In a vote in the House of Commons on April 25, the Government narrowly defeated a cross-party amendment to the Immigration Bill tabled by the Labour peer Lord Alf Dubs.
This amendment, which Labour colleagues and I voted for, would have seen the UK accept 3,000 child refugees who have been displaced from Syria and other neighbouring countries.
The Home Secretary had shamefully managed to persuade most potential Tory rebels that the government was doing enough to help these poor children.
Lord Dubs was himself saved from the Nazis as a child refugee and was brought to safety in Britain by benefitting from the Kindertransport, the government programme that accepted child refugees from Germany in the run-up to the Second World War.
He has argued that any child fleeing the conflict in Syria and any other conflict-ridden country should be afforded the same welcome he and other children were given when he was a child.
The Tories tried to explain away their heartless decision claiming that accepting the amendment would create a situation in which families would see an advantage in sending children ahead alone and risk placing them into the hands of traffickers.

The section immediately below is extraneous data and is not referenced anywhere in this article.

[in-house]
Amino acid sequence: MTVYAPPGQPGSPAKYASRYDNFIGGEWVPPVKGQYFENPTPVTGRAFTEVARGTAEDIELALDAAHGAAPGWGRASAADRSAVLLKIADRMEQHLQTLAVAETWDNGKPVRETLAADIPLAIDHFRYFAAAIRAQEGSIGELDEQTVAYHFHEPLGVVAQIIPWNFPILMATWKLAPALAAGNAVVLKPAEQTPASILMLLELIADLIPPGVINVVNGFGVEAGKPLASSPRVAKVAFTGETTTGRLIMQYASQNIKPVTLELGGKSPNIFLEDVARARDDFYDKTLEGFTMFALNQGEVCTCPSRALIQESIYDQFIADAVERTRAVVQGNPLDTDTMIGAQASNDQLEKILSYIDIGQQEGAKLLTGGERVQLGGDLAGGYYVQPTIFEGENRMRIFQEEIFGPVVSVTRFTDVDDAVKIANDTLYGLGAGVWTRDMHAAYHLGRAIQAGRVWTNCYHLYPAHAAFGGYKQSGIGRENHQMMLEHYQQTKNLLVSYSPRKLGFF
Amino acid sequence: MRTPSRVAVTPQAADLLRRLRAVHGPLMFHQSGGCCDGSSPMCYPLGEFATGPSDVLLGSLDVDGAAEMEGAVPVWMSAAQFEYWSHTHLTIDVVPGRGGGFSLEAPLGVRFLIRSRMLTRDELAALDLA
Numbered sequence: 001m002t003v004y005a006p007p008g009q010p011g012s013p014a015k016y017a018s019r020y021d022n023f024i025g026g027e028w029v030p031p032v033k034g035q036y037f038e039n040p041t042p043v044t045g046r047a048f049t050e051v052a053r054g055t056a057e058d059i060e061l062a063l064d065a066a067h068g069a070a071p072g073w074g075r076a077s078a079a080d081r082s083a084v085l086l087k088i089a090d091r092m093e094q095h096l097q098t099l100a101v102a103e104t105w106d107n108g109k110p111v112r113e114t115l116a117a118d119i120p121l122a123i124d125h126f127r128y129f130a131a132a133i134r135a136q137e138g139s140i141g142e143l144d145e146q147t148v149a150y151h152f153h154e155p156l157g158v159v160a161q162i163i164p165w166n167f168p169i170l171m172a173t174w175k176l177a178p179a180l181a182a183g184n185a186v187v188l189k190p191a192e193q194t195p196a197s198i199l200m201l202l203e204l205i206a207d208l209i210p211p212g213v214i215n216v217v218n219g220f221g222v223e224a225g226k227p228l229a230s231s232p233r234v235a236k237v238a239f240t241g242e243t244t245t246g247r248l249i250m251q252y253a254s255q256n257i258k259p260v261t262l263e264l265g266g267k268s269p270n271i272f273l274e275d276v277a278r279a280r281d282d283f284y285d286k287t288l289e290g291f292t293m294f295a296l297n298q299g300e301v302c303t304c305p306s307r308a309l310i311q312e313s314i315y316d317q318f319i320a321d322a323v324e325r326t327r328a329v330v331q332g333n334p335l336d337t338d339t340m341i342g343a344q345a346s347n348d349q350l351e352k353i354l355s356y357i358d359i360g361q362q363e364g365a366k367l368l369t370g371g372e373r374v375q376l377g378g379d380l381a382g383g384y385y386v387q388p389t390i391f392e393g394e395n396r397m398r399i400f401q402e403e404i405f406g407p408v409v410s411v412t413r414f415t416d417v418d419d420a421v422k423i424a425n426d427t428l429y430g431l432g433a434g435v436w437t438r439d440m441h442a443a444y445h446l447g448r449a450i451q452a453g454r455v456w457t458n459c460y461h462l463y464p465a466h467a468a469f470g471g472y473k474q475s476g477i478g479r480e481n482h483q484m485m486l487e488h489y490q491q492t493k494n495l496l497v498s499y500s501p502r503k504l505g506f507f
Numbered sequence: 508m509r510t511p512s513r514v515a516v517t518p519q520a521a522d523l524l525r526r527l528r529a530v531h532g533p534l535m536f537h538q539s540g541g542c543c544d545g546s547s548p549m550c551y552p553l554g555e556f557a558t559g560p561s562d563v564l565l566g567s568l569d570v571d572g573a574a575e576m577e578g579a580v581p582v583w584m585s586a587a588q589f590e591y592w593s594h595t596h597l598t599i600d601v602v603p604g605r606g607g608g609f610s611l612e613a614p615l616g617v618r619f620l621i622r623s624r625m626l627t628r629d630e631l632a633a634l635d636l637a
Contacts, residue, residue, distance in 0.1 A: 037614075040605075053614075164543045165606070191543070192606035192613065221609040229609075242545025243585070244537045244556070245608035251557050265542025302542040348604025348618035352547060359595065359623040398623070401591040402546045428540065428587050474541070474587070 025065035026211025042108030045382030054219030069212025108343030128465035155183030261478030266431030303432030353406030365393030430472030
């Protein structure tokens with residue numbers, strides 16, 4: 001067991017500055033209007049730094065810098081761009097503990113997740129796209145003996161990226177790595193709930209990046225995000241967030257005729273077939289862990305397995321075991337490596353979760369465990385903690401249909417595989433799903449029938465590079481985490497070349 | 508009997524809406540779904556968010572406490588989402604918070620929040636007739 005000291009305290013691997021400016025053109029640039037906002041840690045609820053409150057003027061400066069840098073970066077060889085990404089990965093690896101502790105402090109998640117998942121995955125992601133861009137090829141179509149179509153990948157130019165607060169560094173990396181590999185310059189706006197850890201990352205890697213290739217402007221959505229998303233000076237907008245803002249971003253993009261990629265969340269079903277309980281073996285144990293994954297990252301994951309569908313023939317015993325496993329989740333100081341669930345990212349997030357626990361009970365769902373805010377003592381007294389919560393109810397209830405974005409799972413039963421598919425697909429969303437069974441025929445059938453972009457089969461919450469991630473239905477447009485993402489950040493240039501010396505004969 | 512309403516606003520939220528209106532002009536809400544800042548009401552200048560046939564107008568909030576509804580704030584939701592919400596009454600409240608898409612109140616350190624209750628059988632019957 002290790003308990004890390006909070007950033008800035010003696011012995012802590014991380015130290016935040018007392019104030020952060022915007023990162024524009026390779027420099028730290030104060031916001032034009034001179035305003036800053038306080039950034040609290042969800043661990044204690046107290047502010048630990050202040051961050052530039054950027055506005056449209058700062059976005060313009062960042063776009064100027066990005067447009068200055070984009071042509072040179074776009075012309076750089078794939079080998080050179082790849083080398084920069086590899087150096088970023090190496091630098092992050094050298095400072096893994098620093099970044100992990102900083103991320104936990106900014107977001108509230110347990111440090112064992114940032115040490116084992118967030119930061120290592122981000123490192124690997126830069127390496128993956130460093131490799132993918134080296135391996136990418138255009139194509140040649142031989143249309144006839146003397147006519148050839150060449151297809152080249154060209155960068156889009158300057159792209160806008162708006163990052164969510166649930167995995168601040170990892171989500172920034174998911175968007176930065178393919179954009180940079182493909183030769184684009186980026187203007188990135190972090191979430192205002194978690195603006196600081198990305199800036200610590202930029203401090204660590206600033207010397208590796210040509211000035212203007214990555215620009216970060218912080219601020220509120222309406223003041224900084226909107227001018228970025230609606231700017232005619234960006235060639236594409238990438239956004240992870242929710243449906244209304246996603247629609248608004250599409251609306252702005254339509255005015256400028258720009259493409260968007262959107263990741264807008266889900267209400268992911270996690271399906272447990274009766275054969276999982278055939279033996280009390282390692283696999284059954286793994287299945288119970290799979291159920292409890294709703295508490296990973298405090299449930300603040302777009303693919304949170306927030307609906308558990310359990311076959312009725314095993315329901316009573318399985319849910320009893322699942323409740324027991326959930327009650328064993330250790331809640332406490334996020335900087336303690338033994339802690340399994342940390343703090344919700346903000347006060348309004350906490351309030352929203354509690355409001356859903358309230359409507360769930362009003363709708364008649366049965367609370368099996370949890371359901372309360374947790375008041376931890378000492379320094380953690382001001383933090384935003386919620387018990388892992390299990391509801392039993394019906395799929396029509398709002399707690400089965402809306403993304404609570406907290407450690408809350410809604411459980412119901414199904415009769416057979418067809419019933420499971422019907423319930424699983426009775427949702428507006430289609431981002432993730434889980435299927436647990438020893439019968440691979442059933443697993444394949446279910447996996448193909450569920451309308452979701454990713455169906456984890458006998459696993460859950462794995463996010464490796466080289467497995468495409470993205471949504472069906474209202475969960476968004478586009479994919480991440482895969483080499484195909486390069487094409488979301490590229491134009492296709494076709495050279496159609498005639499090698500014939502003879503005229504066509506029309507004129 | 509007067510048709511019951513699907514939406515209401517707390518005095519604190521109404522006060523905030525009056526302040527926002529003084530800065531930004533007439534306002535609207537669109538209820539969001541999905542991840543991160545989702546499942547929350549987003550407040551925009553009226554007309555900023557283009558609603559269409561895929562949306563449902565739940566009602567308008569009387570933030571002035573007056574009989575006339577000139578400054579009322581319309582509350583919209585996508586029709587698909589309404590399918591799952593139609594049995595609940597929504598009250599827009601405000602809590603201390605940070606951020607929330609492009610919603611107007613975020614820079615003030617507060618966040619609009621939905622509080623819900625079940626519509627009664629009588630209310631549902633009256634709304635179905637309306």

Save the Children believe that an estimated 10,000 unaccompanied children have gone missing in Europe and 95,000 have applied for asylum.
Children as young as nine are now sleeping on roadsides, in police cells and in informal camps. They are risking their lives as they try to reach relatives in our country – some are dying. They are having to fend for themselves, cook for themselves and risk being exploited every day.
We simply cannot and should not turn our backs on these vulnerable children, by doing so already David Cameron’s Government has shown us all how low on their agenda helping these vulnerable and terrified children is.
Lord Dubs has now revised his amendment to the Bill by removing the reference to 3,000 children and simply asks that Government should now make arrangements to relocate to the United Kingdom a “specified number of unaccompanied refugee children from other countries in Europe”.
Yvette Cooper, chair of Labour’s refugee taskforce, has said it is clear that MPs from all parties are feeling very uneasy about the idea of standing by while children in need are alone on the streets of Europe.
In just three days, nearly 60,000 people have signed a petition calling on Britain not to turn its back on these children.
Let’s hope that David Cameron and his party show some humanity and admit that they are wrong on this and agree to support the amendment, as I will be when MPs vote again on May 9.